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June 12, 2021 / Samuel DiPaola


My mind is blank.
I’m in a prison.
No family.
No friends.
No relationship.
No purpose.
Past interests fade.
And lackluster memories reflect an endless series of meaningless events
that waste time and produce the illusion of importance.
When you die you can say, “Look at all I’ve done.”
But over time those events will be forgotten,
and future generations will care less.
Believing they can somehow reach immortality through cleverness and action alone.
If you manage to die with one friend by your bed,
holding your hand as you gasp your last breath,
you will have succeeded more than if you climbed Mount Everest.
Who will be by my bed when I die?
And will all that I care about fade away with me?
My few belongings given to Goodwill,
or thrown in a community dumpster.
I realize now how foolish I have been,
attempting to carve out my place in society.
As if fancy clothes and dinner parties have any purpose other than to illicit transient pleasure
that can never be a substitute for true fulfillment.
The birth of my children remain the sole pleasures of life that I consider extraordinary.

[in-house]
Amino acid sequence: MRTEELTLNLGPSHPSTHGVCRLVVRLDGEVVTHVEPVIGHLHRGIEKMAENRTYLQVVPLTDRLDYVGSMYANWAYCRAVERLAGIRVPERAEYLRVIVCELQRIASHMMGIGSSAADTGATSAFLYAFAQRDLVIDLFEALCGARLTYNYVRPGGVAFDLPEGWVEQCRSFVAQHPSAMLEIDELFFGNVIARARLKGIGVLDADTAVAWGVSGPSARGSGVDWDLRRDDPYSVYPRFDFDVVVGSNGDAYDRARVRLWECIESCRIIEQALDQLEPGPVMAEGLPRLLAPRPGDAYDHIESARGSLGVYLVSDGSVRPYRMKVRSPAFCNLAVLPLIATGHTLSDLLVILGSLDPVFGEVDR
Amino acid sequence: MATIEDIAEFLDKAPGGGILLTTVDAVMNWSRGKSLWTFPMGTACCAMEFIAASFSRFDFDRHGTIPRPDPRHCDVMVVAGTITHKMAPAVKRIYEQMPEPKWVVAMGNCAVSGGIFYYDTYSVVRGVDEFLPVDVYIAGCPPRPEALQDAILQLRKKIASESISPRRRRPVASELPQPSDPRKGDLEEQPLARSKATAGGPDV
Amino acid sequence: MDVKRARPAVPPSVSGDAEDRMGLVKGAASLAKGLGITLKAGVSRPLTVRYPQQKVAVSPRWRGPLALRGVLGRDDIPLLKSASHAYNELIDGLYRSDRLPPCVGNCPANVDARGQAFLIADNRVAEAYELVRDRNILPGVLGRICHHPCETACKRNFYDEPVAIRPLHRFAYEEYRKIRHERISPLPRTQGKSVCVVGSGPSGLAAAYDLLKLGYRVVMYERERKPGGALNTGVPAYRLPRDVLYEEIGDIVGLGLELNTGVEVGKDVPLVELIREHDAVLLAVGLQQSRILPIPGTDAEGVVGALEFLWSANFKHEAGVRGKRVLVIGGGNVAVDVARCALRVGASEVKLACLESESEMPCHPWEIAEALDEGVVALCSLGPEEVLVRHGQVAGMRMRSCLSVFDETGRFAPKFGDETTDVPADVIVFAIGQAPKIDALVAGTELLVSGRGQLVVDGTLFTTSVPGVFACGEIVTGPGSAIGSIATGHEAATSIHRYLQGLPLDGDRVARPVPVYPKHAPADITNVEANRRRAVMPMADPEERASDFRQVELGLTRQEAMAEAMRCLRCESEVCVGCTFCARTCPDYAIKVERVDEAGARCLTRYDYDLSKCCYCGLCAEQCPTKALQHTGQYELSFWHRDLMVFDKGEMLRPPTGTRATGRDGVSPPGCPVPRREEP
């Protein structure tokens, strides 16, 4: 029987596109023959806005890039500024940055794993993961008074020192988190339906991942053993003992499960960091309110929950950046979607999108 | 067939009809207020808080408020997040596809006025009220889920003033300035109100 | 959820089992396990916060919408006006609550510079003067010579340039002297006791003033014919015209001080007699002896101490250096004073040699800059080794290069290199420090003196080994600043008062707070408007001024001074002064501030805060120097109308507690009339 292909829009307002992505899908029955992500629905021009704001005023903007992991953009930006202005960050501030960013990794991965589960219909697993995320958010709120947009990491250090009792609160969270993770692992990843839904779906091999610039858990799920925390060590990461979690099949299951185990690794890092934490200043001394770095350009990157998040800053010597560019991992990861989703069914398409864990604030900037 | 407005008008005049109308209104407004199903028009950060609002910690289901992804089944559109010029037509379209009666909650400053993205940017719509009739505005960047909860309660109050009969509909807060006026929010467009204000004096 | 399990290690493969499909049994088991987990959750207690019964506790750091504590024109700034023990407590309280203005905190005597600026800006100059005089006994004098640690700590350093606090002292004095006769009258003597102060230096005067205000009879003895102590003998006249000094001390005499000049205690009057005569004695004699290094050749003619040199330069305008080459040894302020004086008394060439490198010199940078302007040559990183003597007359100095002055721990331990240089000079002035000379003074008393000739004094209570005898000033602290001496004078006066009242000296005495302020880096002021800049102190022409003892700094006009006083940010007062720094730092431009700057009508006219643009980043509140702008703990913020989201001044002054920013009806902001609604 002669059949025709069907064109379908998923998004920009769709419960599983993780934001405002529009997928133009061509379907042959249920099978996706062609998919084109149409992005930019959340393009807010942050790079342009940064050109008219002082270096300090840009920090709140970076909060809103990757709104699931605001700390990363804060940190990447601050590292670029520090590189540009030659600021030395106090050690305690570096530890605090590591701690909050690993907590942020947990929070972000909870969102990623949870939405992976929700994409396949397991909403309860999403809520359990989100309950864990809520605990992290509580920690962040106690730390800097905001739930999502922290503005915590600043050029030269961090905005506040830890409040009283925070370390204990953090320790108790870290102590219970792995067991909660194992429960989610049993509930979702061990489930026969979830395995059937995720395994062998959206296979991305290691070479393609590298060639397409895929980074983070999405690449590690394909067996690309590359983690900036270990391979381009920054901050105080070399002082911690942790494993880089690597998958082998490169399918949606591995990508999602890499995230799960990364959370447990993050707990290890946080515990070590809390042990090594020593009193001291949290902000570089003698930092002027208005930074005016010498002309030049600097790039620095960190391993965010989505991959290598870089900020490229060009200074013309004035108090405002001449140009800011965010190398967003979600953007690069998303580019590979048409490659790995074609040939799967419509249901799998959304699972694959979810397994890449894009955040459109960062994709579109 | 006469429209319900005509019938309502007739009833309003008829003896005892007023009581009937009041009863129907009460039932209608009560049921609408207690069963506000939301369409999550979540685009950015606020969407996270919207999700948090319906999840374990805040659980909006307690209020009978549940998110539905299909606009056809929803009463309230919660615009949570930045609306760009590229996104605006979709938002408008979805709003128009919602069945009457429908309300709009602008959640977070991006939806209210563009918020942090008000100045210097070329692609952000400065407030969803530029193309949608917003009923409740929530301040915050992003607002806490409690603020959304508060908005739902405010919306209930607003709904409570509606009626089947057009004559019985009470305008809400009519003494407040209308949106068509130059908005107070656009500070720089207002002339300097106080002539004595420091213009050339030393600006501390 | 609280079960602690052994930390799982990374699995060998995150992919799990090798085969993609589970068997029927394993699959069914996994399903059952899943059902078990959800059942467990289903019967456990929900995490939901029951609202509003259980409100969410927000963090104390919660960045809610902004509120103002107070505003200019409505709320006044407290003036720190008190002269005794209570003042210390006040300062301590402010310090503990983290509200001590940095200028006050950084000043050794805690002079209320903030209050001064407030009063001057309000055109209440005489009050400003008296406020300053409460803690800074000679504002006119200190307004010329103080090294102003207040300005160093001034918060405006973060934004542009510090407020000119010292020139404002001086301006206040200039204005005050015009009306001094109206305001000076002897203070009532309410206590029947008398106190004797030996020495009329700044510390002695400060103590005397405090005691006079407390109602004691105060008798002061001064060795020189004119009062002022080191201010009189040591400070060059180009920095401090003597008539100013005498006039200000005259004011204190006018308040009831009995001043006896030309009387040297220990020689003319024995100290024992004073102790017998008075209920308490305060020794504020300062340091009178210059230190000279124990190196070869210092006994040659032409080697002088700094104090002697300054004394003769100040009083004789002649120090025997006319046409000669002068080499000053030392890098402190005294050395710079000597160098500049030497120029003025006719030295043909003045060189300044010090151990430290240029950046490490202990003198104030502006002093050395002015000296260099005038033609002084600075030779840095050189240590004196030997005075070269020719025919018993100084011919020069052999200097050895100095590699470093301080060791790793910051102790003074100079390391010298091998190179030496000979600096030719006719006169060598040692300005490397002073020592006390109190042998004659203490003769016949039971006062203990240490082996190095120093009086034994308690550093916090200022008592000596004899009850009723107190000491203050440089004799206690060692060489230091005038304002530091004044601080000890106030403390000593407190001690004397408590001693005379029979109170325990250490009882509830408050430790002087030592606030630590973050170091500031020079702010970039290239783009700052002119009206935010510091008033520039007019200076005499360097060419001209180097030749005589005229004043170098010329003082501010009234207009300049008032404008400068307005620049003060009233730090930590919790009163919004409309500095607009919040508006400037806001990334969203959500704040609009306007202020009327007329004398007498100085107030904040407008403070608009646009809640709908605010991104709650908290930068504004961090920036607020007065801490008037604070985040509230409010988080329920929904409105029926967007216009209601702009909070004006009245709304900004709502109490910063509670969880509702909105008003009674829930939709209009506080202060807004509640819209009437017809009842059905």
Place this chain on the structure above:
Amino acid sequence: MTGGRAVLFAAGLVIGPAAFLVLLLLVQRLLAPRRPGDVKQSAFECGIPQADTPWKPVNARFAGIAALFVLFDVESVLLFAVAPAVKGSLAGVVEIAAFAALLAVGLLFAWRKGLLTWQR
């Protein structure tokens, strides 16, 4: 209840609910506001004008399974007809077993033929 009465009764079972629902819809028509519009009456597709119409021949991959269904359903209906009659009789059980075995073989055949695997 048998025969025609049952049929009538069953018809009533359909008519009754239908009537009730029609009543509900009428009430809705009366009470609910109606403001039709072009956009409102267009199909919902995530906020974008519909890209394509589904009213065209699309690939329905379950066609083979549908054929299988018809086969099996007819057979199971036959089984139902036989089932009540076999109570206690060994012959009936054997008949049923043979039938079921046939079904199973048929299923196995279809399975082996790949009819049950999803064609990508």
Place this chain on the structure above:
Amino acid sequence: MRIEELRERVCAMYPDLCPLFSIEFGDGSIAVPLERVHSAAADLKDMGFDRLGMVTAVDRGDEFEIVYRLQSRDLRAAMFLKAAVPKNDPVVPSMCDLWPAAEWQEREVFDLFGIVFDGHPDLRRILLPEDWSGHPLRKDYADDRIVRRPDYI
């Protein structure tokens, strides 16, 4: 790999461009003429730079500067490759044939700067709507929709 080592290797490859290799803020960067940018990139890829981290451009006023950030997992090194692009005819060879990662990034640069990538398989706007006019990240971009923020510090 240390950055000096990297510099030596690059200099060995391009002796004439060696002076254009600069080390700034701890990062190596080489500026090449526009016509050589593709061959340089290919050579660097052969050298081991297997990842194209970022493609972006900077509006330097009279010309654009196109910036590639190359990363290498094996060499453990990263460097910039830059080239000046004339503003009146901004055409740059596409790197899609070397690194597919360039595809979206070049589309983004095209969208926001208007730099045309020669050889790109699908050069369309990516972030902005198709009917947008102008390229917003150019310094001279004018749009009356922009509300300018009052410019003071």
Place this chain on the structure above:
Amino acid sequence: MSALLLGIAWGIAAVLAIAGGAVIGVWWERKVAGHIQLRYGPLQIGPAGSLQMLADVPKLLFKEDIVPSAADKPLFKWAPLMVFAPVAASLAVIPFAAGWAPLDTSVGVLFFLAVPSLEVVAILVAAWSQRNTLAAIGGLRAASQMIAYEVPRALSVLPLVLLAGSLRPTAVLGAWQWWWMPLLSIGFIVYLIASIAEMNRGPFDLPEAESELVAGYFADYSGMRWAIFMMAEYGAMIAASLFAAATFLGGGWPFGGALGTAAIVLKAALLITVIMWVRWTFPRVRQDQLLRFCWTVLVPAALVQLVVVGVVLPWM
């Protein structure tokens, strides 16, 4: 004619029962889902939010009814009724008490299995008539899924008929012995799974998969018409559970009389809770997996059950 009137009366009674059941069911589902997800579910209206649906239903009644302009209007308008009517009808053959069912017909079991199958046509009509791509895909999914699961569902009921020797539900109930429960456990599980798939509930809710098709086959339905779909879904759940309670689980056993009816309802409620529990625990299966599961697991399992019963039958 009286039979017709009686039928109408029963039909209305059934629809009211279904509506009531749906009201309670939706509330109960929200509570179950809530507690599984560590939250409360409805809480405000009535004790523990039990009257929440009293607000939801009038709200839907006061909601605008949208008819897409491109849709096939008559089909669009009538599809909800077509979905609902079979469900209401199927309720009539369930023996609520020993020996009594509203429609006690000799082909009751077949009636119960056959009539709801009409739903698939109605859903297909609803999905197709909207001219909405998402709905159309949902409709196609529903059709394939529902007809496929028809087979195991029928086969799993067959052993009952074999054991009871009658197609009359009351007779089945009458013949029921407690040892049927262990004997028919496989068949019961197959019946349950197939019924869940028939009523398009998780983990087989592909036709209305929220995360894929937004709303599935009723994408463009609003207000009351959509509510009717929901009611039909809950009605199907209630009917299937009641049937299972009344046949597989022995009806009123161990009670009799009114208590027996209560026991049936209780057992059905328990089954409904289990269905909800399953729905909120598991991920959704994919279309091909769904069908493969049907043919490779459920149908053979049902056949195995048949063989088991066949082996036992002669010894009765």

Nothing in life compares.
Were my parents as happy the day I was born?
That moment when a life is brought into the world.
A feeling of hope.
Hope that this new life will somehow figure out the riddle and transcend beyond the ordinary.
But that moment of excitement fades.
Only to be replaced by struggle.
A life of struggle.
I’m tired.
And all the meditation, centering, positive thinking, or prayers to God won’t fix it.
I just want to be left alone.
When I die, my version of heaven is a small cottage in the woods with plenty of firewood,
and an endless supply of all the books I can read.
Don’t look for me.
And don’t try to visit.
There will be no one around to yell at me, criticize, or make fun of me.
While God has an endless sandbox universe, I only need my solitude.
And I will treat my friends as they have treated me, and walk away.
My thoughts echo in my head.
A chamber.
More like a chamber of carnival mirrors.
Reflecting a distortion of nothing.
I look around.
The entrance, a vanishing point in time.
The exit, unknown.
Are there others here with me, staring into the same void?
I stand naked in a crowded room and wonder why the rest of the world is wearing clothes.
They say clothes make the man.
I say, men make the clothes,
and man is still naked.

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